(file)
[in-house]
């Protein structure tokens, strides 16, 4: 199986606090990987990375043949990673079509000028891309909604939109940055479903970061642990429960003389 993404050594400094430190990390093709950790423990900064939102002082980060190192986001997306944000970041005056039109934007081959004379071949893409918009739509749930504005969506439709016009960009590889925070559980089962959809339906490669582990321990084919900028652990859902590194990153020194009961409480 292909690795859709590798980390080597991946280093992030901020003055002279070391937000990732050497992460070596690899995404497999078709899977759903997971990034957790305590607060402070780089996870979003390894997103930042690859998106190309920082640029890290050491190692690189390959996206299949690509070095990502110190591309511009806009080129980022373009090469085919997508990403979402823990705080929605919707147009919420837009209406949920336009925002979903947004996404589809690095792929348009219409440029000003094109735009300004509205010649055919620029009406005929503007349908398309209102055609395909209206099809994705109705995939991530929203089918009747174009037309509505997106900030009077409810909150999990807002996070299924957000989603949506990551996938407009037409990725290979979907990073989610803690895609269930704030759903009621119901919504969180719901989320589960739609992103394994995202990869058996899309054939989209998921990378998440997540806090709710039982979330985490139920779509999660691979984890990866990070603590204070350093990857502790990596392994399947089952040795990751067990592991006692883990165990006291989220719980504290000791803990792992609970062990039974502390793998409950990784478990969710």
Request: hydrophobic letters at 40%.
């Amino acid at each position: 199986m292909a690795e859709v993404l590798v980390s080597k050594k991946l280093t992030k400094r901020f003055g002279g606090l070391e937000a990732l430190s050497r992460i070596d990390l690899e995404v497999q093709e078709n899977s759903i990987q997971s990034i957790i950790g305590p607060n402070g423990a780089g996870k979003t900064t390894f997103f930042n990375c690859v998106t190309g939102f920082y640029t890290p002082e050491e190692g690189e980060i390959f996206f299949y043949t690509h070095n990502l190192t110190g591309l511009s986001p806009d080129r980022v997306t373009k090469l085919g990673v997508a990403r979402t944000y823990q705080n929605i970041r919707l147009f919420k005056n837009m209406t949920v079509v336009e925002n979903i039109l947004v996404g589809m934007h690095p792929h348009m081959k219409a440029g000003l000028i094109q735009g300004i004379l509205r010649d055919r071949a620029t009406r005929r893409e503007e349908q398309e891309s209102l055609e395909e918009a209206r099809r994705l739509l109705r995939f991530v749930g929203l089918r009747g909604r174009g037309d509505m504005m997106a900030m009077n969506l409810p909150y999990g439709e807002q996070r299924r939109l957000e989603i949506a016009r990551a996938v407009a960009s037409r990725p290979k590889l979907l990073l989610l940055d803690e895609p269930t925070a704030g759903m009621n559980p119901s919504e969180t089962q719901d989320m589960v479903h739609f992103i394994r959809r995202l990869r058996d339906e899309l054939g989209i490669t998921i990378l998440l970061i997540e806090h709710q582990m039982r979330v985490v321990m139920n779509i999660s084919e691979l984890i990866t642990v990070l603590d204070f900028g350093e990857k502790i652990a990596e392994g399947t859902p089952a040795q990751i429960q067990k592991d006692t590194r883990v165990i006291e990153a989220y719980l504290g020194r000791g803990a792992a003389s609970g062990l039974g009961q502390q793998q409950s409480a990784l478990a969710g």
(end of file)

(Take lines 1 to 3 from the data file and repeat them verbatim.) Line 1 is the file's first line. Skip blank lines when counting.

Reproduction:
[in-house]
């Protein structure tokens, strides 16, 4: 199986606090990987990375043949990673079509000028891309909604939109940055479903970061642990429960003389 993404050594400094430190990390093709950790423990900064939102002082980060190192986001997306944000970041005056039109934007081959004379071949893409918009739509749930504005969506439709016009960009590889925070559980089962959809339906490669582990321990084919900028652990859902590194990153020194009961409480 292909690795859709590798980390080597991946280093992030901020003055002279070391937000990732050497992460070596690899995404497999078709899977759903997971990034957790305590607060402070780089996870979003390894997103930042690859998106190309920082640029890290050491190692690189390959996206299949690509070095990502110190591309511009806009080129980022373009090469085919997508990403979402823990705080929605919707147009919420837009209406949920336009925002979903947004996404589809690095792929348009219409440029000003094109735009300004509205010649055919620029009406005929503007349908398309209102055609395909209206099809994705109705995939991530929203089918009747174009037309509505997106900030009077409810909150999990807002996070299924957000989603949506990551996938407009037409990725290979979907990073989610803690895609269930704030759903009621119901919504969180719901989320589960739609992103394994995202990869058996899309054939989209998921990378998440997540806090709710039982979330985490139920779509999660691979984890990866990070603590204070350093990857502790990596392994399947089952040795990751067990592991006692883990165990006291989220719980504290000791803990792992609970062990039974502390793998409950990784478990969710």
Request: hydrophobic letters at 40%.